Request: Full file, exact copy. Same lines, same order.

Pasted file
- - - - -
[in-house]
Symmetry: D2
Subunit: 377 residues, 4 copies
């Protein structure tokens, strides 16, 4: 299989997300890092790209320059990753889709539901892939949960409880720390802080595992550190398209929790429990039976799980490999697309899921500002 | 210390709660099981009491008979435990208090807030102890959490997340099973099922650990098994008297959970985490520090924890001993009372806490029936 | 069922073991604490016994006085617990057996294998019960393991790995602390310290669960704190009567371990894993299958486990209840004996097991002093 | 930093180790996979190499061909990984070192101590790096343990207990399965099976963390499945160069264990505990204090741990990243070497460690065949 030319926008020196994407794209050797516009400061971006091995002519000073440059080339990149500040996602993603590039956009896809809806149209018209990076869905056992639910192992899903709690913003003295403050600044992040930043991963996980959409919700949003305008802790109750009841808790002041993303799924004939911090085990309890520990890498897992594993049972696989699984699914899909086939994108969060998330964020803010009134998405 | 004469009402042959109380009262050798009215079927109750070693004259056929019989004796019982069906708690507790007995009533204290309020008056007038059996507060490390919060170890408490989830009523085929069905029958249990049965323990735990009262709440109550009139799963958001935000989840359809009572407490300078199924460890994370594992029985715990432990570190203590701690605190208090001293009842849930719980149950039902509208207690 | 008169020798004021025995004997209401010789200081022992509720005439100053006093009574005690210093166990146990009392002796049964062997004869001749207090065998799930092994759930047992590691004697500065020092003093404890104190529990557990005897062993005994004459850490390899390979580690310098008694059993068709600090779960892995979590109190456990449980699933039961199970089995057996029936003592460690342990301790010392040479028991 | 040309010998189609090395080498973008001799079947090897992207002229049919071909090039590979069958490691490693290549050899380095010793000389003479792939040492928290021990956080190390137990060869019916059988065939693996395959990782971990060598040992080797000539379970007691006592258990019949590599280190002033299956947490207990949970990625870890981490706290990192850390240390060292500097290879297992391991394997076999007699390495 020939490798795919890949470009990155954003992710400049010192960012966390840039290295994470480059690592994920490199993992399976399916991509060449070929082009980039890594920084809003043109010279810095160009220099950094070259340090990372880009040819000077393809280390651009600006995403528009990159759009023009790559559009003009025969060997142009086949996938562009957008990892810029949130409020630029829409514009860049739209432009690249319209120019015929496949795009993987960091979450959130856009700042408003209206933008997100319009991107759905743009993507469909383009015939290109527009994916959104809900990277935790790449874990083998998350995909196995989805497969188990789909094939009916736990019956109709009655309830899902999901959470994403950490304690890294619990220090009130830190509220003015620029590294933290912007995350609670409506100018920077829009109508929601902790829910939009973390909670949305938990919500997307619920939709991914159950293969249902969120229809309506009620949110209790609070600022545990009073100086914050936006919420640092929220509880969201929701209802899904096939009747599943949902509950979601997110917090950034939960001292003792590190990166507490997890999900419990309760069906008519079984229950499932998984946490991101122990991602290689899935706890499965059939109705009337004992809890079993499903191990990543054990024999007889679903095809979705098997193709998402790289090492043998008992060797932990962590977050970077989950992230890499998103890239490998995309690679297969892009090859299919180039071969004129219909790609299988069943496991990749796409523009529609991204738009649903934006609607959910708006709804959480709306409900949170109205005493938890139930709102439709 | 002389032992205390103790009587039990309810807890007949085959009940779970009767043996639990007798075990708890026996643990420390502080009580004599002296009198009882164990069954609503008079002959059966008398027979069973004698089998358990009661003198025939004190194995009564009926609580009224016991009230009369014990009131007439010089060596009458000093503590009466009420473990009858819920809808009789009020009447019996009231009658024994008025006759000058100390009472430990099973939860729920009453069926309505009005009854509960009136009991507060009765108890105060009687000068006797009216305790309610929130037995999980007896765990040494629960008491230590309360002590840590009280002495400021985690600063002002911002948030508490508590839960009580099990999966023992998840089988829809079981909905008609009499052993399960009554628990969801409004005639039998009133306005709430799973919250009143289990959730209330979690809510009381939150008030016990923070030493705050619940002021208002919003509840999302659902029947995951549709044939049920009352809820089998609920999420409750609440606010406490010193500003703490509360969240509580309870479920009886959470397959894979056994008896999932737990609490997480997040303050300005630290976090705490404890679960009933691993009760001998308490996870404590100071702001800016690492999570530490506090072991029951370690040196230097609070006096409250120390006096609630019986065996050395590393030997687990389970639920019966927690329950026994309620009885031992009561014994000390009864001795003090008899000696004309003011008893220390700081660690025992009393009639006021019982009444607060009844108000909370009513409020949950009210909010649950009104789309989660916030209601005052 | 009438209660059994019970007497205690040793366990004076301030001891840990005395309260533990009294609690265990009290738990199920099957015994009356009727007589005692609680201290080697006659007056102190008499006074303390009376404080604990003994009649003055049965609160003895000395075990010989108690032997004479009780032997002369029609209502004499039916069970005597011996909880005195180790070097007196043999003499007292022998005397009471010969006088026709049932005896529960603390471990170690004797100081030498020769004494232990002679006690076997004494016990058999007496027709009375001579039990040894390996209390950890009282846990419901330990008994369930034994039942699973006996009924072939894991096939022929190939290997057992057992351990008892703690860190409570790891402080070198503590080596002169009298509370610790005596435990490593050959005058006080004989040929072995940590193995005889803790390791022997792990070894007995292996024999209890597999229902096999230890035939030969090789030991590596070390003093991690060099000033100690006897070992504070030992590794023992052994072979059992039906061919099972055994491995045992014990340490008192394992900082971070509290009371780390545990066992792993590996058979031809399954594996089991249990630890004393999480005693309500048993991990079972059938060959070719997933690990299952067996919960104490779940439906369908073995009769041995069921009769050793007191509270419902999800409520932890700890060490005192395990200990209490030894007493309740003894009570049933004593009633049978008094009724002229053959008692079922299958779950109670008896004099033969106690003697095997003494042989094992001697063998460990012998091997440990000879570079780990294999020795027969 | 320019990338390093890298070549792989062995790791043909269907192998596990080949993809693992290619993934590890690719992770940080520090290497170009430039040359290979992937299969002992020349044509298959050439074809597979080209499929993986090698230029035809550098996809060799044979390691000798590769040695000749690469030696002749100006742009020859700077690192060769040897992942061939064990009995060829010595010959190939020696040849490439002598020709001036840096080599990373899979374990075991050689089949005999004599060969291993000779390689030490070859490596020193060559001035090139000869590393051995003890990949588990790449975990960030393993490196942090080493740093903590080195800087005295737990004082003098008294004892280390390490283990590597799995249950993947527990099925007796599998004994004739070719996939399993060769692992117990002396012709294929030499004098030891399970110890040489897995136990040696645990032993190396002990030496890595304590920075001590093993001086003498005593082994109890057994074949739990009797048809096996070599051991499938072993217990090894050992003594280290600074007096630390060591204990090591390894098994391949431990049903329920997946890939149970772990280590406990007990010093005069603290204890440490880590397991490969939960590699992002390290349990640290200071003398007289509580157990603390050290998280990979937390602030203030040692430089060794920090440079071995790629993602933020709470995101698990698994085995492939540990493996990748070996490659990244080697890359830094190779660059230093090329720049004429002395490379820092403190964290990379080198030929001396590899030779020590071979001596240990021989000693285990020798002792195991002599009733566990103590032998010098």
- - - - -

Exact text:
[in-house]
Symmetry: D2
Subunit: 377 residues, 4 copies
């Protein structure tokens, strides 16, 4: 299989997300890092790209320059990753889709539901892939949960409880720390802080595992550190398209929790429990039976799980490999697309899921500002 | 210390709660099981009491008979435990208090807030102890959490997340099973099922650990098994008297959970985490520090924890001993009372806490029936 | 069922073991604490016994006085617990057996294998019960393991790995602390310290669960704190009567371990894993299958486990209840004996097991002093 | 930093180790996979190499061909990984070192101590790096343990207990399965099976963390499945160069264990505990204090741990990243070497460690065949 030319926008020196994407794209050797516009400061971006091995002519000073440059080339990149500040996602993603590039956009896809809806149209018209990076869905056992639910192992899903709690913003003295403050600044992040930043991963996980959409919700949003305008802790109750009841808790002041993303799924004939911090085990309890520990890498897992594993049972696989699984699914899909086939994108969060998330964020803010009134998405 | 004469009402042959109380009262050798009215079927109750070693004259056929019989004796019982069906708690507790007995009533204290309020008056007038059996507060490390919060170890408490989830009523085929069905029958249990049965323990735990009262709440109550009139799963958001935000989840359809009572407490300078199924460890994370594992029985715990432990570190203590701690605190208090001293009842849930719980149950039902509208207690 | 008169020798004021025995004997209401010789200081022992509720005439100053006093009574005690210093166990146990009392002796049964062997004869001749207090065998799930092994759930047992590691004697500065020092003093404890104190529990557990005897062993005994004459850490390899390979580690310098008694059993068709600090779960892995979590109190456990449980699933039961199970089995057996029936003592460690342990301790010392040479028991 | 040309010998189609090395080498973008001799079947090897992207002229049919071909090039590979069958490691490693290549050899380095010793000389003479792939040492928290021990956080190390137990060869019916059988065939693996395959990782971990060598040992080797000539379970007691006592258990019949590599280190002033299956947490207990949970990625870890981490706290990192850390240390060292500097290879297992391991394997076999007699390495 020939490798795919890949470009990155954003992710400049010192960012966390840039290295994470480059690592994920490199993992399976399916991509060449070929082009980039890594920084809003043109010279810095160009220099950094070259340090990372880009040819000077393809280390651009600006995403528009990159759009023009790559559009003009025969060997142009086949996938562009957008990892810029949130409020630029829409514009860049739209432009690249319209120019015929496949795009993987960091979450959130856009700042408003209206933008997100319009991107759905743009993507469909383009015939290109527009994916959104809900990277935790790449874990083998998350995909196995989805497969188990789909094939009916736990019956109709009655309830899902999901959470994403950490304690890294619990220090009130830190509220003015620029590294933290912007995350609670409506100018920077829009109508929601902790829910939009973390909670949305938990919500997307619920939709991914159950293969249902969120229809309506009620949110209790609070600022545990009073100086914050936006919420640092929220509880969201929701209802899904096939009747599943949902509950979601997110917090950034939960001292003792590190990166507490997890999900419990309760069906008519079984229950499932998984946490991101122990991602290689899935706890499965059939109705009337004992809890079993499903191990990543054990024999007889679903095809979705098997193709998402790289090492043998008992060797932990962590977050970077989950992230890499998103890239490998995309690679297969892009090859299919180039071969004129219909790609299988069943496991990749796409523009529609991204738009649903934006609607959910708006709804959480709306409900949170109205005493938890139930709102439709 | 002389032992205390103790009587039990309810807890007949085959009940779970009767043996639990007798075990708890026996643990420390502080009580004599002296009198009882164990069954609503008079002959059966008398027979069973004698089998358990009661003198025939004190194995009564009926609580009224016991009230009369014990009131007439010089060596009458000093503590009466009420473990009858819920809808009789009020009447019996009231009658024994008025006759000058100390009472430990099973939860729920009453069926309505009005009854509960009136009991507060009765108890105060009687000068006797009216305790309610929130037995999980007896765990040494629960008491230590309360002590840590009280002495400021985690600063002002911002948030508490508590839960009580099990999966023992998840089988829809079981909905008609009499052993399960009554628990969801409004005639039998009133306005709430799973919250009143289990959730209330979690809510009381939150008030016990923070030493705050619940002021208002919003509840999302659902029947995951549709044939049920009352809820089998609920999420409750609440606010406490010193500003703490509360969240509580309870479920009886959470397959894979056994008896999932737990609490997480997040303050300005630290976090705490404890679960009933691993009760001998308490996870404590100071702001800016690492999570530490506090072991029951370690040196230097609070006096409250120390006096609630019986065996050395590393030997687990389970639920019966927690329950026994309620009885031992009561014994000390009864001795003090008899000696004309003011008893220390700081660690025992009393009639006021019982009444607060009844108000909370009513409020949950009210909010649950009104789309989660916030209601005052 | 009438209660059994019970007497205690040793366990004076301030001891840990005395309260533990009294609690265990009290738990199920099957015994009356009727007589005692609680201290080697006659007056102190008499006074303390009376404080604990003994009649003055049965609160003895000395075990010989108690032997004479009780032997002369029609209502004499039916069970005597011996909880005195180790070097007196043999003499007292022998005397009471010969006088026709049932005896529960603390471990170690004797100081030498020769004494232990002679006690076997004494016990058999007496027709009375001579039990040894390996209390950890009282846990419901330990008994369930034994039942699973006996009924072939894991096939022929190939290997057992057992351990008892703690860190409570790891402080070198503590080596002169009298509370610790005596435990490593050959005058006080004989040929072995940590193995005889803790390791022997792990070894007995292996024999209890597999229902096999230890035939030969090789030991590596070390003093991690060099000033100690006897070992504070030992590794023992052994072979059992039906061919099972055994491995045992014990340490008192394992900082971070509290009371780390545990066992792993590996058979031809399954594996089991249990630890004393999480005693309500048993991990079972059938060959070719997933690990299952067996919960104490779940439906369908073995009769041995069921009769050793007191509270419902999800409520932890700890060490005192395990200990209490030894007493309740003894009570049933004593009633049978008094009724002229053959008692079922299958779950109670008896004099033969106690003697095997003494042989094992001697063998460990012998091997440990000879570079780990294999020795027969 | 320019990338390093890298070549792989062995790791043909269907192998596990080949993809693992290619993934590890690719992770940080520090290497170009430039040359290979992937299969002992020349044509298959050439074809597979080209499929993986090698230029035809550098996809060799044979390691000798590769040695000749690469030696002749100006742009020859700077690192060769040897992942061939064990009995060829010595010959190939020696040849490439002598020709001036840096080599990373899979374990075991050689089949005999004599060969291993000779390689030490070859490596020193060559001035090139000869590393051995003890990949588990790449975990960030393993490196942090080493740093903590080195800087005295737990004082003098008294004892280390390490283990590597799995249950993947527990099925007796599998004994004739070719996939399993060769692992117990002396012709294929030499004098030891399970110890040489897995136990040696645990032993190396002990030496890595304590920075001590093993001086003498005593082994109890057994074949739990009797048809096996070599051991499938072993217990090894050992003594280290600074007096630390060591204990090591390894098994391949431990049903329920997946890939149970772990280590406990007990010093005069603290204890440490880590397991490969939960590699992002390290349990640290200071003398007289509580157990603390050290998280990979937390602030203030040692430089060794920090440079071995790629993602933020709470995101698990698994085995492939540990493996990748070996490659990244080697890359830094190779660059230093090329720049004429002395490379820092403190964290990379080198030929001396590899030779020590071979001596240990021989000693285990020798002792195991002599009733566990103590032998010098």